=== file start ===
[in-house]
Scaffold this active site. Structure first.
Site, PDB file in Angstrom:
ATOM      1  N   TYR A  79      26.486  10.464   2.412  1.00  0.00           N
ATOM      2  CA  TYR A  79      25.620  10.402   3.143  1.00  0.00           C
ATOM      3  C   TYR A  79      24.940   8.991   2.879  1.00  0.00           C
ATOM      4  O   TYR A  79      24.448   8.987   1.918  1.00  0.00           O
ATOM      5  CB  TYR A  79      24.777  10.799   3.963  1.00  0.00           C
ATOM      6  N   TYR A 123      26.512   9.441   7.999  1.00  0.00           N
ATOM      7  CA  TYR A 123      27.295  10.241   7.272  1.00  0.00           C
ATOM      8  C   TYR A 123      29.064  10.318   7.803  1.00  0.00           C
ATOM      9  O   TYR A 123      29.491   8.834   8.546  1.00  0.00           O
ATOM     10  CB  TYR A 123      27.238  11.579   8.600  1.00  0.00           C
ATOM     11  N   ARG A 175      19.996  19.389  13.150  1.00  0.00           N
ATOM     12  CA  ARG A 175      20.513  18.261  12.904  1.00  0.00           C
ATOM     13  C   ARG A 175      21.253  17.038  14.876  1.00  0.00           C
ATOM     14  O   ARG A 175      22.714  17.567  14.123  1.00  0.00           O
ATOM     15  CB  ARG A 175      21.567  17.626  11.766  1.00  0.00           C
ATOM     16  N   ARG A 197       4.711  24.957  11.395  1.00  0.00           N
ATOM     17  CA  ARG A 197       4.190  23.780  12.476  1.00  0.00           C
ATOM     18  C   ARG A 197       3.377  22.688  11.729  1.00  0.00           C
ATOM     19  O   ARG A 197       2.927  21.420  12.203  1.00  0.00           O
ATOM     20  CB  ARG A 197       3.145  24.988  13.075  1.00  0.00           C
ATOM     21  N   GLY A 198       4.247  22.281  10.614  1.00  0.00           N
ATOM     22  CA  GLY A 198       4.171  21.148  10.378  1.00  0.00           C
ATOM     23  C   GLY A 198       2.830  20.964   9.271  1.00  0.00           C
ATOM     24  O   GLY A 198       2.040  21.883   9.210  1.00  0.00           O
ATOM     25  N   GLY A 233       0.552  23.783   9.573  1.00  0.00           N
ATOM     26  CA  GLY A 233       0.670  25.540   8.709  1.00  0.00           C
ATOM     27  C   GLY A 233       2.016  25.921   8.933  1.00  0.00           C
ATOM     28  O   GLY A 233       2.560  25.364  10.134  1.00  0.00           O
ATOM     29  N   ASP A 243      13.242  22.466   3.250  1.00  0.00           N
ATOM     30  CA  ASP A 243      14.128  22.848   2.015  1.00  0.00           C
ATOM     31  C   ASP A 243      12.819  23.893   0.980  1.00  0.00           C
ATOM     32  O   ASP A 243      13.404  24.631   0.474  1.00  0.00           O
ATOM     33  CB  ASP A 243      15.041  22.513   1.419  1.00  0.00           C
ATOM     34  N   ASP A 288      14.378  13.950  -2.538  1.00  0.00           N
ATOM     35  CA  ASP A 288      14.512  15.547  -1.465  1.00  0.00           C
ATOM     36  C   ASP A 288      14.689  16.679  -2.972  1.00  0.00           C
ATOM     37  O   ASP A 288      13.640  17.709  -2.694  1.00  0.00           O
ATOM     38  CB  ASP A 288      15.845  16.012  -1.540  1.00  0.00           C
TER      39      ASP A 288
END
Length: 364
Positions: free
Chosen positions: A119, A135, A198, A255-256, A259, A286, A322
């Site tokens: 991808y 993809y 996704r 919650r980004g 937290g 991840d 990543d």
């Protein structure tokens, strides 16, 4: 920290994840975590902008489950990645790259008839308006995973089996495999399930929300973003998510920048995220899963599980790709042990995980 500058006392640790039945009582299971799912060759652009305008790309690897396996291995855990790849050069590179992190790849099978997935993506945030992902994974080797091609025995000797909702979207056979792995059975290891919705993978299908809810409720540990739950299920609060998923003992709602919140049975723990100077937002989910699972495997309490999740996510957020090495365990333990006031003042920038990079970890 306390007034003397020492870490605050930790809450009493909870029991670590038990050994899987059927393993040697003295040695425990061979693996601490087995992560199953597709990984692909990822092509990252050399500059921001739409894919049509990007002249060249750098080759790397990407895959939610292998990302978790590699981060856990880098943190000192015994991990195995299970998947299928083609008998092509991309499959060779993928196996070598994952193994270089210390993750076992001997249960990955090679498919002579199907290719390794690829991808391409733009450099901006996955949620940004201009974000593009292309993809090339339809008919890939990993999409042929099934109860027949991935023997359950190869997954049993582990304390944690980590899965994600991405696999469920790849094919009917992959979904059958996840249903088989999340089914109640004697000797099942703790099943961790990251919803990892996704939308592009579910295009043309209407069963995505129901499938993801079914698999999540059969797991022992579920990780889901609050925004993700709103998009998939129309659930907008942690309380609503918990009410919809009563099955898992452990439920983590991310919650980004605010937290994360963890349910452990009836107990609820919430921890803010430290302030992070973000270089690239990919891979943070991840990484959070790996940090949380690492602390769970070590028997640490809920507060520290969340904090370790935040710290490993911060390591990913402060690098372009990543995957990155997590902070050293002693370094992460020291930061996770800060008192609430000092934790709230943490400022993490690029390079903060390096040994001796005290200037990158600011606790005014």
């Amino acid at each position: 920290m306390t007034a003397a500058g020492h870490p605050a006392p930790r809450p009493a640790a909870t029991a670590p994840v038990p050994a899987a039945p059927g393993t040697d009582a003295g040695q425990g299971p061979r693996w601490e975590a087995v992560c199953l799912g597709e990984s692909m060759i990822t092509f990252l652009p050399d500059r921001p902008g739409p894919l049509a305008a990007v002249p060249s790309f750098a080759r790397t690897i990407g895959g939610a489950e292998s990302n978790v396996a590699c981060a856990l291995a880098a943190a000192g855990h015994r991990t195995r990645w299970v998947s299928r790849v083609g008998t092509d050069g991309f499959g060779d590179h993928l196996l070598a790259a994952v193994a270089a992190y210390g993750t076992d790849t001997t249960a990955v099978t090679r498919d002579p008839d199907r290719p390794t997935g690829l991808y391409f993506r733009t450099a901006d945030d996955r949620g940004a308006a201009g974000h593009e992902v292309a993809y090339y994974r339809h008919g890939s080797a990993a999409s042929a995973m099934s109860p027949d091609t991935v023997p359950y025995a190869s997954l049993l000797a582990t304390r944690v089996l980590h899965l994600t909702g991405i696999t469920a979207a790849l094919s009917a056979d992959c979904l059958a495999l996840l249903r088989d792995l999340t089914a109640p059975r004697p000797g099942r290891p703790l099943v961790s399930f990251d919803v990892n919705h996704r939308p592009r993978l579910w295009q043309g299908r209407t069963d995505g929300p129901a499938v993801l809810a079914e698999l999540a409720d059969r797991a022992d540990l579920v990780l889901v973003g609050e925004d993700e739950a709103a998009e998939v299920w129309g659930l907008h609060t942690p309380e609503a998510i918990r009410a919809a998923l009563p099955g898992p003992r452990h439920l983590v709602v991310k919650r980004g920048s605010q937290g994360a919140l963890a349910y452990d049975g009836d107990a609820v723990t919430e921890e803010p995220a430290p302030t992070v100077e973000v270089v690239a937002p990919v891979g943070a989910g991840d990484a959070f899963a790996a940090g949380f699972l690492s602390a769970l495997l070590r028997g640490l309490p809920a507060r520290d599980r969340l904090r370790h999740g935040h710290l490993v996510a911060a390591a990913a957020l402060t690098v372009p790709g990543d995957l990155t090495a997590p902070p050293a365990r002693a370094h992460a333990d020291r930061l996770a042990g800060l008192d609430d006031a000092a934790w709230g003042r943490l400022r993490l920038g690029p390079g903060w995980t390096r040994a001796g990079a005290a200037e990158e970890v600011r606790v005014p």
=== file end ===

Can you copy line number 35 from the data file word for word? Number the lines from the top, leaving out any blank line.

ATOM     32  O   ASP A 243      13.404  24.631   0.474  1.00  0.00           O